Conejos River Infrastructure & Habitat Restoration
The Conejos River flows from the remote San Juan Mountains in Southern Colorado, spills onto the floor of the San Luis Valley, and eventually meets the Rio Grande upstream of the New Mexico state line. The river provides surface water for agriculture, sustains riparian and wetland habitat for a variety of birds, elk, and other wildlife, and supports robust fisheries. However, portions of the river are facing issues of aging and inefficient diversion infrastructure, channel instability, disconnected floodplains, and fragmented aquatic habitat. To improve river health and function for agricultural producers and wildlife, this project will rehabilitate five irrigation diversion structures and restore surrounding riparian and aquatic habitat.
The North Eastern, New JB Romero, Sabine School Section, Fuerticitos, and Elledges ditches divert water from the Conejos River to irrigate a combined 1,129 acres of agricultural land. The headgates and diversion dams for each ditch are in poor condition and cannot efficiently divert their associated water rights. The diversions also disrupt natural sediment transport regimes and are negatively affected by streambank instability and a lack of riparian vegetation and river-floodplain connection. In addition, three of the diversion structures associated with these ditches form barriers to fish passage.
The Rio Grande Headwaters Restoration Project is working with the Conejos Water Conservancy District, ditch shareholders, and landowners to address these issues through a multi-benefit approach to infrastructure upgrades and river restoration. By replacing the diversions and headgates associated with each structure, diversion efficiency and ditch adjustment capabilities will be improved and maintenance needs will be reduced. This will afford more flexibility in flow delivery, allowing water managers to deliver water rights efficiently while also meeting environmental streamflow needs. By removing three fish barriers, over nine miles of aquatic habitat will be connected, benefiting fisheries and other aquatic life. Additionally, floodplain reconnection will increase groundwater recharge during high flow events and bank stabilization and riparian revegetation will enhance wildlife habitat and improve water quality by reducing sediment input and increasing stream shading.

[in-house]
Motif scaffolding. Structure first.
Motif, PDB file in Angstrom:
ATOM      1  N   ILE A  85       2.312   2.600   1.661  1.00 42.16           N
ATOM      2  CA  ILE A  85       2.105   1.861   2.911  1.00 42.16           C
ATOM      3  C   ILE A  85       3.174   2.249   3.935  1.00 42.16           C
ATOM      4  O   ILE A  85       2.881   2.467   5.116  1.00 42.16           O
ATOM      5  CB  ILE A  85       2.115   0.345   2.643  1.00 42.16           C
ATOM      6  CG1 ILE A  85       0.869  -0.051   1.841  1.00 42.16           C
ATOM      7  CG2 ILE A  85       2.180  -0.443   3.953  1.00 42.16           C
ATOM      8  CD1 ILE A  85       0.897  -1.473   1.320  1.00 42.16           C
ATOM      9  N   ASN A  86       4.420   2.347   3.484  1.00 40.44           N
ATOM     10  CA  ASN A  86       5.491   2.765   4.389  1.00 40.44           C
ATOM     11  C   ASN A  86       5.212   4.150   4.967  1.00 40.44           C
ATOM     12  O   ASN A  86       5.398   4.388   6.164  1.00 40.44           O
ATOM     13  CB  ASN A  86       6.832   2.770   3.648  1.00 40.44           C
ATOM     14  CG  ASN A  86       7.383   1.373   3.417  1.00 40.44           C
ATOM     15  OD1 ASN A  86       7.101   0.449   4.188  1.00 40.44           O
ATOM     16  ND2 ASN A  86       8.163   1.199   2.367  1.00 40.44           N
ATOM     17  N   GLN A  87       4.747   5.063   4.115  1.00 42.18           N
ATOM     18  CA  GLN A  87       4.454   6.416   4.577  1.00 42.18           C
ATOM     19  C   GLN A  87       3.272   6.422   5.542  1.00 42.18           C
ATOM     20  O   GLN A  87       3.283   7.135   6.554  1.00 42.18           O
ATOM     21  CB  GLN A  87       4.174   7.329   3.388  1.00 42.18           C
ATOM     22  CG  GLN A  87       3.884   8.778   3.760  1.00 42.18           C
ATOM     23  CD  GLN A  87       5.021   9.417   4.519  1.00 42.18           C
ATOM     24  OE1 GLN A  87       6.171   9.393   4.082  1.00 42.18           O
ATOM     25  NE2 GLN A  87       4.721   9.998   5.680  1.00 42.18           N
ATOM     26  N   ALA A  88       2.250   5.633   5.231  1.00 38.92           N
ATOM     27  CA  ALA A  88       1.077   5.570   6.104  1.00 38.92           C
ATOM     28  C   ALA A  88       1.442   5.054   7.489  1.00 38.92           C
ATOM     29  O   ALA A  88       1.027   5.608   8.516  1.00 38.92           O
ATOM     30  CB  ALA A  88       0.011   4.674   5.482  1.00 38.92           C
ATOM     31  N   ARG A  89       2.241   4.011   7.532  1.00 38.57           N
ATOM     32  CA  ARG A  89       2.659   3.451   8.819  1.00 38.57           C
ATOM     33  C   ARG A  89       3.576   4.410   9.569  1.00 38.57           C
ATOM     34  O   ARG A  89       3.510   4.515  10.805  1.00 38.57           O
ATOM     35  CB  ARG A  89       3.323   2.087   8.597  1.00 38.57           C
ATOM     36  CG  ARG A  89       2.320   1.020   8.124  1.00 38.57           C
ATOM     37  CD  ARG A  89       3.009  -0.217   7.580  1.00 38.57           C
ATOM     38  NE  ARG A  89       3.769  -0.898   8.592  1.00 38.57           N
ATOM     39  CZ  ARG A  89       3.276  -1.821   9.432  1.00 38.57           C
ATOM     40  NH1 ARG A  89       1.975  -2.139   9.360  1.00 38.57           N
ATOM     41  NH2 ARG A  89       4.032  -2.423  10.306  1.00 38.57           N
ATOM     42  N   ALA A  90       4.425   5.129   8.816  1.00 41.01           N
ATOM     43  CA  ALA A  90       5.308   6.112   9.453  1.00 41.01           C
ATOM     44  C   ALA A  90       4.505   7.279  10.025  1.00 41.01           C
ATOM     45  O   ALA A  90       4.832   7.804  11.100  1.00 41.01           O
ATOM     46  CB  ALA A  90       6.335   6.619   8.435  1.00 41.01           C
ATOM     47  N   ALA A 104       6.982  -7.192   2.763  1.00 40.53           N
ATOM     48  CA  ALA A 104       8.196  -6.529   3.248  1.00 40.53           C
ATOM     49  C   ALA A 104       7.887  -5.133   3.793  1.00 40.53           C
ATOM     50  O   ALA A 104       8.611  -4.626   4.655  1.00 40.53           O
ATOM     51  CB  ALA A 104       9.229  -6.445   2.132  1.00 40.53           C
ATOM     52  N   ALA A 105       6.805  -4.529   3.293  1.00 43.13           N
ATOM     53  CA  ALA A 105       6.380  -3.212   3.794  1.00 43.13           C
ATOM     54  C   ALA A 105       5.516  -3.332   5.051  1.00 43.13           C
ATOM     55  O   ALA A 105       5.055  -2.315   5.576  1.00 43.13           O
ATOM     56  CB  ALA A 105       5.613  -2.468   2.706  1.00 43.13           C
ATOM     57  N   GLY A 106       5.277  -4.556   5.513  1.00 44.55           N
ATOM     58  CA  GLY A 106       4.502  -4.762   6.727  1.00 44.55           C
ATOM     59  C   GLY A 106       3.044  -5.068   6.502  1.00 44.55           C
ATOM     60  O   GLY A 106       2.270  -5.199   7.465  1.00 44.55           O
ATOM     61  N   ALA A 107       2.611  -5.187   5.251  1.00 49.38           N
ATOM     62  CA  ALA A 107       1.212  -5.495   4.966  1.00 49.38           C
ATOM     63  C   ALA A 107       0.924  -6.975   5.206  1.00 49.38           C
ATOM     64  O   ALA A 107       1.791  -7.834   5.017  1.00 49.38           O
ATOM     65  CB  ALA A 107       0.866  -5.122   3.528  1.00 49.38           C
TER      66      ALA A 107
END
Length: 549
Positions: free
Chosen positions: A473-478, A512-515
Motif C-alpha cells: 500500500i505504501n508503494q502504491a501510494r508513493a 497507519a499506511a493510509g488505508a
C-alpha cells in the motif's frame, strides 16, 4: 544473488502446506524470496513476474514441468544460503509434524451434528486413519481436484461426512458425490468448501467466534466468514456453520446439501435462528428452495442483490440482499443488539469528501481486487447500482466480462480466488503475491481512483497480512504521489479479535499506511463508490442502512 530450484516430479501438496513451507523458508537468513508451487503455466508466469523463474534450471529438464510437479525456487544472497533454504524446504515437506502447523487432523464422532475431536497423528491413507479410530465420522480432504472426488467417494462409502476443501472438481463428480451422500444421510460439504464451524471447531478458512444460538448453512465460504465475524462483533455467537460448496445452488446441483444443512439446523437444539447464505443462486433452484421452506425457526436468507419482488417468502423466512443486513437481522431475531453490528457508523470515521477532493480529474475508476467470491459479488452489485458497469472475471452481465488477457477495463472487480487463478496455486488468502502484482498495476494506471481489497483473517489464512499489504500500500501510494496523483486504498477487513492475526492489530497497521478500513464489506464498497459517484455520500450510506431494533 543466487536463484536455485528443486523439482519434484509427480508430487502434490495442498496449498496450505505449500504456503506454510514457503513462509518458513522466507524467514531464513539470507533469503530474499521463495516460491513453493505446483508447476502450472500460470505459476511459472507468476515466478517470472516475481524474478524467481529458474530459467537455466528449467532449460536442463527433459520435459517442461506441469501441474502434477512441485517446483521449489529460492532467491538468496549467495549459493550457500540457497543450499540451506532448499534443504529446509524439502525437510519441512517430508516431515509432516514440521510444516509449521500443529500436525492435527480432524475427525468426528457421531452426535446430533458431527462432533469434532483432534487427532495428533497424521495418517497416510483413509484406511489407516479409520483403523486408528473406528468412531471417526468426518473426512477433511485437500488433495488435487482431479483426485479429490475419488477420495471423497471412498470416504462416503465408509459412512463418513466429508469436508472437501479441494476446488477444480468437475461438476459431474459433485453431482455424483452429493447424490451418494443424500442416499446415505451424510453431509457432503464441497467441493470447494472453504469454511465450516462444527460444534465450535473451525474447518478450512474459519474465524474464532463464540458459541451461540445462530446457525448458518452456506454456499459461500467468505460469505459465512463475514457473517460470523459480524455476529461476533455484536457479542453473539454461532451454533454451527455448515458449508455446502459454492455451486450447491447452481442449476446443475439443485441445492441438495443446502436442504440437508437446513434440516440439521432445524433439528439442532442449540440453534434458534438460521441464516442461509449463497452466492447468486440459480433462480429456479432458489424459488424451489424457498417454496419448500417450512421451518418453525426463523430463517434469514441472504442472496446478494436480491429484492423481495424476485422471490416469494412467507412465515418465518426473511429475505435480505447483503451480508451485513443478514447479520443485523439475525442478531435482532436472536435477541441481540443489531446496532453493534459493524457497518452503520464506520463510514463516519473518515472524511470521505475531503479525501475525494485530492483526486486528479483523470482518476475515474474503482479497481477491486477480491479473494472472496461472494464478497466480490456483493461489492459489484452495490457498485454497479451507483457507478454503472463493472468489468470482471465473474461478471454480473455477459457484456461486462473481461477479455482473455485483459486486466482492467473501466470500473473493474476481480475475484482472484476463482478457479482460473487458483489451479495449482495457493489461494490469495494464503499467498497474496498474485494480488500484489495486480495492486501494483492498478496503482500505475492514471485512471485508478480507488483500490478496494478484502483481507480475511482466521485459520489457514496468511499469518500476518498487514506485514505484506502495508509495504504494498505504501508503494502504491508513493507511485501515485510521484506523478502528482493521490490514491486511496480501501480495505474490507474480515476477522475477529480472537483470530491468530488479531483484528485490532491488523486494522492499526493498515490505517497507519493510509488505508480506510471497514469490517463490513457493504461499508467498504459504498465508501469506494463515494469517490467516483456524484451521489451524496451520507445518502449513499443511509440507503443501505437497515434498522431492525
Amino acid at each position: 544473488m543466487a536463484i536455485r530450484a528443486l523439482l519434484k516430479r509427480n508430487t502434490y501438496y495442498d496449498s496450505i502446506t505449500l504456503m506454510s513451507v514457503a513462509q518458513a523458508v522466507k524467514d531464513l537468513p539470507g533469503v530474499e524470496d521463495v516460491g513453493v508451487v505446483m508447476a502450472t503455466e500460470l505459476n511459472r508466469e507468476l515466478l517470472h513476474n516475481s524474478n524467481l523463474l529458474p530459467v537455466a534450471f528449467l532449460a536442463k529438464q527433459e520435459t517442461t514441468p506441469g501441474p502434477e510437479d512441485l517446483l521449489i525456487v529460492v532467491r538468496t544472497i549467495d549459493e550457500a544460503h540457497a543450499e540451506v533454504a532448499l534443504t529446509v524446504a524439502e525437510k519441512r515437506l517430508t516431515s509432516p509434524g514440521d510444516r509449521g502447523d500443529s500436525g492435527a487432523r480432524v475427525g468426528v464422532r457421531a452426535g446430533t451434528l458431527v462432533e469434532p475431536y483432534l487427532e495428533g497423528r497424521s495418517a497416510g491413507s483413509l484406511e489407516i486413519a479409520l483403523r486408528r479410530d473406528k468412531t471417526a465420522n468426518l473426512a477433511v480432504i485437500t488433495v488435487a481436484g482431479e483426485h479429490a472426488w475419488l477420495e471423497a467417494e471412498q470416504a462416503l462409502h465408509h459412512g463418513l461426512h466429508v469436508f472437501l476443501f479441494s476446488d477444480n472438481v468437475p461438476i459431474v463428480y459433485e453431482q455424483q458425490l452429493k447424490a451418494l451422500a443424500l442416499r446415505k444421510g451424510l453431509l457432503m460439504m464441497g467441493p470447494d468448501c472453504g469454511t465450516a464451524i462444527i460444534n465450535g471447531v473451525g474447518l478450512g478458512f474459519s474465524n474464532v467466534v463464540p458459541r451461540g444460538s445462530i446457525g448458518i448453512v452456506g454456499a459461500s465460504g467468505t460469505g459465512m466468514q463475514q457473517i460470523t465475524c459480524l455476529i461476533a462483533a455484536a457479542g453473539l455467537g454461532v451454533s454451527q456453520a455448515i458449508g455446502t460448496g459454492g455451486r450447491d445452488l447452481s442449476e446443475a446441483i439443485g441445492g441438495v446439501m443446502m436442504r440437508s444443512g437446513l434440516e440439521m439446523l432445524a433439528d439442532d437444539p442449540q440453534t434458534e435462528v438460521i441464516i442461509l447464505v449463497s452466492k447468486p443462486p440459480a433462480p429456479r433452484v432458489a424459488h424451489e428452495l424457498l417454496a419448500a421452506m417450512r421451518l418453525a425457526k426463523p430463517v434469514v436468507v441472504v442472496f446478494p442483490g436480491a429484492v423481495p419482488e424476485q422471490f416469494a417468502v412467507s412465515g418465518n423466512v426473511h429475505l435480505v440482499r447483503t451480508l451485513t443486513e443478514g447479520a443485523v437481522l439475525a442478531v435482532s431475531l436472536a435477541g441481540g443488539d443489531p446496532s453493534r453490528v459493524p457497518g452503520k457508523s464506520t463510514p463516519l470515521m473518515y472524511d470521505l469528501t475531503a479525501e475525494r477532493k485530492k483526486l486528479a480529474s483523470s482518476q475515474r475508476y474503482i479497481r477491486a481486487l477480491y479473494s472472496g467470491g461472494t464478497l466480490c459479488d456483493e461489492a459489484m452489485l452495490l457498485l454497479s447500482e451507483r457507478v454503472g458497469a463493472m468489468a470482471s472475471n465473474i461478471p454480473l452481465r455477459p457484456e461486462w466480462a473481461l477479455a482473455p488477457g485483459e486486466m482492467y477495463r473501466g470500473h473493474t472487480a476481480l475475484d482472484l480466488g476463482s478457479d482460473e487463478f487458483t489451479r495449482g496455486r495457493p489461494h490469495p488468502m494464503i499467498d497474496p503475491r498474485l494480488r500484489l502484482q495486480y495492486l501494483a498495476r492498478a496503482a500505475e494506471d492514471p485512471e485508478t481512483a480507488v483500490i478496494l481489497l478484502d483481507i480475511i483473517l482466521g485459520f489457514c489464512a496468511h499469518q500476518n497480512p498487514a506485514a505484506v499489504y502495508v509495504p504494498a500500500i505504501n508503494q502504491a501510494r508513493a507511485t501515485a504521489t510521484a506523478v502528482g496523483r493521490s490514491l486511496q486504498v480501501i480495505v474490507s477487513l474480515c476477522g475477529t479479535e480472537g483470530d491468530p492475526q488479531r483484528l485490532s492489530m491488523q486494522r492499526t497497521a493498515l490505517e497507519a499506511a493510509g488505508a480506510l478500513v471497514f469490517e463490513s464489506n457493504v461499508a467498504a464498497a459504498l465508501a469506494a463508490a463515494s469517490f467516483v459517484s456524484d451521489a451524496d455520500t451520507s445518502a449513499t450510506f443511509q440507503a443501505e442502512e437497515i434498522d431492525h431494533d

When complete, the project will help ensure the Conejos River continues to support diverse human, agricultural, and ecological communities.
* Project supports agricultural water use efficiency to reduce the amount of water withdrawn from surface or groundwater sources.